QLD_CP_NEWS_CROC_FOLLOW_29JAN21
QLD_CP_NEWS_CROC_FOLLOW_29JAN21

Is another giant of the deep lurking at Lake Placid?

THE woman dubbed the mermaid of Lake Placid has questioned if a terrifying crocodile attack was a case of mistaken identity despite overwhelming evidence suggesting otherwise.

Linda-Joy Schipke, 53, has refused to concede a saltwater croc was responsible for a frightening ordeal on Thursday which saw a man admitted to hospital suffering puncture wounds to his head, face and jaws, despite wildlife rangers saying there was little doubt a croc was responsible.

She believes the injuries were more likely caused by a giant eel known to swim in the Caravonica waterway.

"At the moment the jury is out," she said.

 

Linda-Joy Schipke was a daily swimmer at Lake Placid and is undeterred by regular crocodile sightings. PICTURE: BRENDAN RADKE
Linda-Joy Schipke was a daily swimmer at Lake Placid and is undeterred by regular crocodile sightings. PICTURE: BRENDAN RADKE

 

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"The injuries seem a bit superficial and I'm more inclined to think it could have been a large eel, not a croc.

"I've had giant eels sneak up on me before, they are well over a metre long, even bigger, and give a nasty bite."

It's not the first time an eel has been used to explain mysteries of the deep.

New Zealand professor Neil Gemmell, from the University of Otago, claimed last year that the legend of Scotland's Loch Ness monster was sparked by sightings of "giant eels."

 

Was ‘nessie’ the Loch Ness monster really just a giant eel?
Was ‘nessie’ the Loch Ness monster really just a giant eel?

Critical care paramedic Paul Sweeney said the 44-year-old man was lucky to be alive following yesterday's attack with an animal having "bitten his head with jaws either side."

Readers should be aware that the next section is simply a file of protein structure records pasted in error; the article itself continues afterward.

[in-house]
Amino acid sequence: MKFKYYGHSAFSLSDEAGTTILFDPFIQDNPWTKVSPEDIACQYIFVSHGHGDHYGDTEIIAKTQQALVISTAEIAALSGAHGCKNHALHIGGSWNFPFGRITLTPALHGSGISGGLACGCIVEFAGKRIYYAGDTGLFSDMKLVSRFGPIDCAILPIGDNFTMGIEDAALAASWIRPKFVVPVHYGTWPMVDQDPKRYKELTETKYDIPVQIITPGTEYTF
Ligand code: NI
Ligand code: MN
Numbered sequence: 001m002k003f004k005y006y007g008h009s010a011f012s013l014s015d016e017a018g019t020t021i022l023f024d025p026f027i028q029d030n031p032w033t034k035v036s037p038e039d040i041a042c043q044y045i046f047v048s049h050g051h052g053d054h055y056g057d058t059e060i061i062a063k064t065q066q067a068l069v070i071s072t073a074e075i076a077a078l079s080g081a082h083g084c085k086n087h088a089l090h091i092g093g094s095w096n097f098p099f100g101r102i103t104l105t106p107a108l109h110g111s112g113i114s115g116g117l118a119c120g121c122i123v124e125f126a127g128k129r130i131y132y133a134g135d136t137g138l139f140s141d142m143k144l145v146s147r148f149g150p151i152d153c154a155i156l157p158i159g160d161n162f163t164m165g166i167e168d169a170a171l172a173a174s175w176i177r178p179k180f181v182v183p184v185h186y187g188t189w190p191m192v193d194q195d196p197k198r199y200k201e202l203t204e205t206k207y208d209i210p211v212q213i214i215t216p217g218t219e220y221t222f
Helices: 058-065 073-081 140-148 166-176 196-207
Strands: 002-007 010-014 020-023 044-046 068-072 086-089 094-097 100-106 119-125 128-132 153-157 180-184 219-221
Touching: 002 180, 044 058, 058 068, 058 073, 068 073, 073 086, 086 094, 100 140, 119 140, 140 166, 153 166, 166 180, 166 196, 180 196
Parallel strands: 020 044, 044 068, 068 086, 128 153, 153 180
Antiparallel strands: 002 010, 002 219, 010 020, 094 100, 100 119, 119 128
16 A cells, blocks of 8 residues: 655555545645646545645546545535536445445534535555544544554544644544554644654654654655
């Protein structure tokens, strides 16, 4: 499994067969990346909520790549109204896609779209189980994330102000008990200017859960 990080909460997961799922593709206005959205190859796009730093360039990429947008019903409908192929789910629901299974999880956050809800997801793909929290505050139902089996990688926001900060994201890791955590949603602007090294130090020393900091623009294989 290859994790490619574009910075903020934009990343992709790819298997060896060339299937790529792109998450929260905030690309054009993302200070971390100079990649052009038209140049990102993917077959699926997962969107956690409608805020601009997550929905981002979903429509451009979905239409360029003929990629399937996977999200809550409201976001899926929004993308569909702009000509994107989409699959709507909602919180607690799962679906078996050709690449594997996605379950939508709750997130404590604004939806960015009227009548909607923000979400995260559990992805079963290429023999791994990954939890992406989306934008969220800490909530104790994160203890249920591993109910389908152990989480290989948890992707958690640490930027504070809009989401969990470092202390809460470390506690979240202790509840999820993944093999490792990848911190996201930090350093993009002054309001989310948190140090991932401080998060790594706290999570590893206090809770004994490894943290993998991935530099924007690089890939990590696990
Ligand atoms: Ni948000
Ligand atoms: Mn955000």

Wildlife Rangers from the Department of Environment and Science are currently searching the lake for the reptile.

Ms Schipke said the available evidence of crocodiles would not stop her from swimming in the lake.

 

Linda-Joy Schipke at Lake Placid. PICTURE: BRENDAN RADKE
Linda-Joy Schipke at Lake Placid. PICTURE: BRENDAN RADKE

"The only thing that would deter me is if I was dead," she said,

"I love Lake Placid and I have stood up for it ever since it was likened to an American horror movie.

"Even if there are crocs in that system they don't hang around very long. They are not out to eat humans

"It's a lovely place to swim and I've never felt scared at all and I've been swimming there all my life."

 

Scientists have tried to prove the Loch Ness monster was really just a giant eel. Picture: Supplied/National Geographic
Scientists have tried to prove the Loch Ness monster was really just a giant eel. Picture: Supplied/National Geographic

Ms Schipke, who now lives in Aloomba, said her last swim at Lake Placid was in October and said anyone getting in the water "needed to be calm."

"Steve Irwin used to go into nature too aggressively and try scoop animals up for the camera," she said.

"If you live by the sword then you die by the sword."

Originally published as Is another giant of the deep lurking at Lake Placid?


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